MEMORISING for examinations is not the same as memorising for learning ("Memorising answers can be useful for exams' sake" by Mr Kuek Jia Yao; March 2).
One may forget what one has memorised after an examination but one should not forget what one has memorised for self-enrichment and professional upgrading.
What is memorised must first be understood, then connected to and integrated with relevant knowledge learnt, so that it can be used to solve problems or acquire more knowledge.
It is fashionable to claim that with so much information easily available, memorisation can be dispensed with.
A person need not and cannot memorise all the knowledge available to him, but he must understand and memorise some - the more the better.
The human brain is not only a processor, but also a hard disk for storage.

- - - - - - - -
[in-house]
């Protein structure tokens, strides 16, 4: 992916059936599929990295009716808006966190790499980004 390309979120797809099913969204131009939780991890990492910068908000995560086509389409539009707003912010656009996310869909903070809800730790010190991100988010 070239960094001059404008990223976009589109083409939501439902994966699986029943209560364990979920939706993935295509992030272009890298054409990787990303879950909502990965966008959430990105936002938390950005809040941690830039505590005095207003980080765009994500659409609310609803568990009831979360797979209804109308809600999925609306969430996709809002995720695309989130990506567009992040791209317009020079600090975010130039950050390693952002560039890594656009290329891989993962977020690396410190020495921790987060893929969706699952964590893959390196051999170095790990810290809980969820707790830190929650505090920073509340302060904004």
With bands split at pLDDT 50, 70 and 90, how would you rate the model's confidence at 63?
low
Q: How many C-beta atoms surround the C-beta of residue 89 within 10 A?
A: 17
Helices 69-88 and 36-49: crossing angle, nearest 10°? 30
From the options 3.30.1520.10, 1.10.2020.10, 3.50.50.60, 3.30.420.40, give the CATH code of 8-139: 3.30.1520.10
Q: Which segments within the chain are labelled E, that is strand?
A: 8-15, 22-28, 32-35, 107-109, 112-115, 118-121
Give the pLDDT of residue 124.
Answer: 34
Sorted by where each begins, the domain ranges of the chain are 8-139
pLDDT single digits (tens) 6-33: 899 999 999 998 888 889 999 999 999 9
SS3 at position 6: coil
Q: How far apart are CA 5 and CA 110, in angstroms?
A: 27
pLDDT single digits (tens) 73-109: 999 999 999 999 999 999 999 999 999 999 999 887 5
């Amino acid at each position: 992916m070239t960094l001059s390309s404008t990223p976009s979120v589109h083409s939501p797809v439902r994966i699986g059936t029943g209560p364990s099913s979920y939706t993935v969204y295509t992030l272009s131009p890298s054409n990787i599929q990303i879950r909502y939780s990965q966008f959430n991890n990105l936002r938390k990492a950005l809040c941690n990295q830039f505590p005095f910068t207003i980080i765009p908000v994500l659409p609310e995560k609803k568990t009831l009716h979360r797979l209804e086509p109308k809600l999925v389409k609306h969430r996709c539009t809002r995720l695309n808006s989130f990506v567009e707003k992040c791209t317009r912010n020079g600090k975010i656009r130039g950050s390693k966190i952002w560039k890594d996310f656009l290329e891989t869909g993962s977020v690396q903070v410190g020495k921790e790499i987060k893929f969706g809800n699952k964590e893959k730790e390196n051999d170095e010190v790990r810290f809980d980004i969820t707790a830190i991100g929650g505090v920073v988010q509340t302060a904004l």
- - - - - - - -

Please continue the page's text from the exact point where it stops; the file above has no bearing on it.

The greater the storage capacity, the better quality is the brain.
Even the best doctor needs to refer to medical publications often. But can you imagine a doctor who refers to medical textbooks or searches the Web for information all the time?
Whatever you are studying, do not hope to be spared the two types of mental effort which are, at times, painful, but often rewarding: Understanding what you are learning, and then committing as much of it as possible to memory.
There is no shorter way to learning.
Ee Teck Ee
This article was first published on March 11, 2015.
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